ALCTS President’s Program with Erin McKean

Confessions of a Digital Packrat: ALCTS President’s Program with Erin McKean

Erin MckeanMonday, July 1, 2013, 10:30 am–12 pm
McCormick Place Convention Center, S105

If you are a quidnunc, the ALCTS President’s Program on Monday, July 1 featuring lexicographer Erin McKean should excite you.[1]  A self-proclaimed “dictionary evangelist,” Erin is a connoisseur of words and enthusiastic about revealing her thoughts on the evolution of the dictionary in the digital age. In anticipation of her talk, ANO recently had an opportunity to email-interview Erin and ask her about her eclectic interests and how she became a digital packrat.

ANO: You mentioned in an interview with the Seattle Star that you can trace your interest in words to when you were eight years old.  To what do you attribute your interest in words and language at such an early age and how was it fostered as you grew up?

EM: I really don’t know what exactly made me so interested in words and language, other than that I’ve always been a greedy reader. (If I don’t get to read for at least an hour a day I start to have terrible withdrawal symptoms. And reading email doesn’t count!) I do know what triggered my interest in dictionaries—it was this newspaper article:

The nice thing about being interested in working on dictionaries is that most people have neutral-to-favorable feelings towards them, paired with little-to-no-knowledge about them, which is the sweet spot for encouragement. “So, small child, you would like to work on this thing that I generally approve of, but do not understand the production of? Great! Go for it!” No one knows the hurdles, but everyone thinks that working on dictionaries is, in general, a Good Thing, so you get lots of encouragement.

ANO: Did your study of linguistics prepare to work as a lexicographer?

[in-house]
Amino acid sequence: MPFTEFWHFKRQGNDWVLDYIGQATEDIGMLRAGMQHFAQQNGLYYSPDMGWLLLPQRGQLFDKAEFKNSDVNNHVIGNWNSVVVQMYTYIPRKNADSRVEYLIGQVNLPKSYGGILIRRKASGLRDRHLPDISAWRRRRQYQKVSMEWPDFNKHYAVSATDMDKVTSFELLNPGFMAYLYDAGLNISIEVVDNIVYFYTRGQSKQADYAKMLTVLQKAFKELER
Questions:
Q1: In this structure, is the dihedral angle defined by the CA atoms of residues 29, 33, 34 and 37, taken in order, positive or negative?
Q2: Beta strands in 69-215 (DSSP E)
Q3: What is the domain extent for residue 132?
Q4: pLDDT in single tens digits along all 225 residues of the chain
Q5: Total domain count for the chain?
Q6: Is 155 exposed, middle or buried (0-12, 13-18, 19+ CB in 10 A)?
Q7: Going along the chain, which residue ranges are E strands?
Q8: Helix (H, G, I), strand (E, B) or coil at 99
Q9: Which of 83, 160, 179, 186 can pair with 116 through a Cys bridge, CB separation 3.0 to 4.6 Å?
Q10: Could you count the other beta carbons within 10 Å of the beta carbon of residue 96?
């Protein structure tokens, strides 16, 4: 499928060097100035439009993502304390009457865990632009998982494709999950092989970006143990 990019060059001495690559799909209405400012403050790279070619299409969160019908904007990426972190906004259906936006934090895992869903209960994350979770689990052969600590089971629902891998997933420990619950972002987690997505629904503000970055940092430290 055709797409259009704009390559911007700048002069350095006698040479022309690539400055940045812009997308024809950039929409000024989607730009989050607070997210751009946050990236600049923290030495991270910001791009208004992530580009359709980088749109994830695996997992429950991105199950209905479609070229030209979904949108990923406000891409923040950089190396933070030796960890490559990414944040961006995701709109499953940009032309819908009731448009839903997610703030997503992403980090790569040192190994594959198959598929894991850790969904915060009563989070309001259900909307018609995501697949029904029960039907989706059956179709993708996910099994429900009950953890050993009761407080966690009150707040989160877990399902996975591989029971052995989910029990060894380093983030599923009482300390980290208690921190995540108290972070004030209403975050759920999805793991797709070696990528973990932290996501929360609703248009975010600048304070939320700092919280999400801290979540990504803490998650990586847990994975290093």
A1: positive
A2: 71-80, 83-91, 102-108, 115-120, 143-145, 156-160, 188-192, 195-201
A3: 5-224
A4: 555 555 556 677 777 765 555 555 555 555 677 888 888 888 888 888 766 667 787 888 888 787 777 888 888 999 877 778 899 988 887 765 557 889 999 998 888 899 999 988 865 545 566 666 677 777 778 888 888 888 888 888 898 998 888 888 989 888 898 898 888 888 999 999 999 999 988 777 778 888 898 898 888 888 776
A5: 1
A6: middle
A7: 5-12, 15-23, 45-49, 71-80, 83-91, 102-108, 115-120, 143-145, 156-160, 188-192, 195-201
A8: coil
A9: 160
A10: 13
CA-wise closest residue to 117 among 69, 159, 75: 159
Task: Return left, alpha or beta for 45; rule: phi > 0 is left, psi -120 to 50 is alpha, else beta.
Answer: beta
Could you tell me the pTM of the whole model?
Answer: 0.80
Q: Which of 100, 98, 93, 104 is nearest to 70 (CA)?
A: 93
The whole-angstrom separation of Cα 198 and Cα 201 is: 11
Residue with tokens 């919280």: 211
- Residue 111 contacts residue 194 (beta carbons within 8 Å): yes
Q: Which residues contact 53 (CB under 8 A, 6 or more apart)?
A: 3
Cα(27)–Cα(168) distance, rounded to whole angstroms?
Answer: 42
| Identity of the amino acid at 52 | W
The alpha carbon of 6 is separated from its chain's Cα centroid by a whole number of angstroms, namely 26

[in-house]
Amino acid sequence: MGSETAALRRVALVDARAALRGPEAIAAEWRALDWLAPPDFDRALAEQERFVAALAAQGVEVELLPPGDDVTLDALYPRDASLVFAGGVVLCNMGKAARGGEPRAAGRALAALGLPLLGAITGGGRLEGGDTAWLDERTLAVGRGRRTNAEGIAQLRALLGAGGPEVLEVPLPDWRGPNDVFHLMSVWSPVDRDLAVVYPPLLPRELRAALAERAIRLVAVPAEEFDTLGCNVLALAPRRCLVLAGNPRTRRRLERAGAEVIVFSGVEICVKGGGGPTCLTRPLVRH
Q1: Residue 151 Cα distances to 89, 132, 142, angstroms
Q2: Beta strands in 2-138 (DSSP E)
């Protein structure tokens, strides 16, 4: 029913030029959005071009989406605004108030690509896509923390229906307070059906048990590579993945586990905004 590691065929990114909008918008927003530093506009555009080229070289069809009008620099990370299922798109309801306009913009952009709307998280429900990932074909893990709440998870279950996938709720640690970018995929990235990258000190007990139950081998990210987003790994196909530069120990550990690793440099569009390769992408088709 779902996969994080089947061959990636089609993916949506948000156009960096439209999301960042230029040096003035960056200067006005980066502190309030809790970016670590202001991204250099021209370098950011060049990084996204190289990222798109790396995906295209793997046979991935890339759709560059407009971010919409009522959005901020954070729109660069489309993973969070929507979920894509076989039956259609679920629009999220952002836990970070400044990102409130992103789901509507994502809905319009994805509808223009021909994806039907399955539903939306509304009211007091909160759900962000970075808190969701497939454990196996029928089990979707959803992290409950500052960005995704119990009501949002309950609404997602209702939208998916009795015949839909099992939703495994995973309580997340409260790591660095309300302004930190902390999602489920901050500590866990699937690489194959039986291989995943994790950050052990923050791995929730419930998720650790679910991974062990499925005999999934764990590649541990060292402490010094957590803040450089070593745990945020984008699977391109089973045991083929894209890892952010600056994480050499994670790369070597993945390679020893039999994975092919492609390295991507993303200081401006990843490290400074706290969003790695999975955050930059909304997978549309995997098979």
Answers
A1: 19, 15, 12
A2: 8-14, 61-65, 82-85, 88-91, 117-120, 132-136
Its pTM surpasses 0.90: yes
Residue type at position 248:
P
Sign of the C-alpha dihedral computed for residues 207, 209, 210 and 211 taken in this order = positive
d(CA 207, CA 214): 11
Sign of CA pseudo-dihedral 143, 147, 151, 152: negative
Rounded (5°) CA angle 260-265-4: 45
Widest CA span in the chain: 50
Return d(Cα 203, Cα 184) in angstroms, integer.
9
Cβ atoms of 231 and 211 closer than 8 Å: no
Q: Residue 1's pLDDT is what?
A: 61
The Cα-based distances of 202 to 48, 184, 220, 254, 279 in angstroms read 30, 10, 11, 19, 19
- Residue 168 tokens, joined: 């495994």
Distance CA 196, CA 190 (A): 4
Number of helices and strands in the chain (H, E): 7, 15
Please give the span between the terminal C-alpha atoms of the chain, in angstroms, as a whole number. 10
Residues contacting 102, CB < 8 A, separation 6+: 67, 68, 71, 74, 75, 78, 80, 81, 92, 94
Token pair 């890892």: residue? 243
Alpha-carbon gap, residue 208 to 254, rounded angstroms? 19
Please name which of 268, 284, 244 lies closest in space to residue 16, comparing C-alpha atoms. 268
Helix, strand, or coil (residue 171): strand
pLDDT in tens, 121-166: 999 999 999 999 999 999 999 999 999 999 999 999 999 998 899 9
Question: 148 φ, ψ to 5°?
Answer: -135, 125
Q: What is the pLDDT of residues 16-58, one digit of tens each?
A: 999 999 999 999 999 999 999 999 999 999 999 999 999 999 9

EM: Well, I nominally studied linguistics, but what I actually did was try to make all my classes about lexicography. If it was even remotely possible to drag dictionaries into a class, I did it. My paper for my feminist theory class was on the acceptance of the term “Ms.”, for instance. Since I work on an online dictionary, the few classes I took in programming have also been extremely helpful, and I wish I’d taken more.

I’ve found that linguists, lexicographers, and coders have something very important in common, and that is a deep curiosity about and interest in systems. We like to put things in categories and then move them around—fun and satisfying on a deep level.

ANO: Your advice to writers is if you like a word, just use it!  Do you feel similarly about grammar? Are you open to disregarding rules of grammar?

EM: It’s actually quite difficult to disregard rules of grammar, if by “grammar” you mean the internalized rules we all follow as native speakers of a language. (And that kind of grammar will bend quite a bit before breaking, especially in the service of humor: think of Liz Lemon’s “I want to go to there.” Not entirely grammatical; entirely funny.) But most folks, when they talk about grammar, mean the set of stylistic conventions that mark Standard English—all the stuff you learned in high school about not splitting infinitives or ending sentences with a preposition or the differences between “shall” and “will.” Most of those are more-or-less invented rules—  – you can tell a grammar rule from a style rule because breaking a grammar rule will make you sound like you’re not making any sense, and breaking a style rule will make you sound (to some people) like you don’t have any class.

I think the most important rule, the rule you should not break, is the rule that says “consider your audience.” If your audience is demanding Standard English of the most conventional sort, and will be dismayed and upset not to get it, think twice about the consequences of breaking those conventions. If your audience expects colloquial, conversational, informal English, think about the consequences of breaking out the “whoms” and “shalls.”

ANO: How would you describe Wordnik?  What inspired you to found Wordnik?   What is the role of Reverb within the Wordnik family?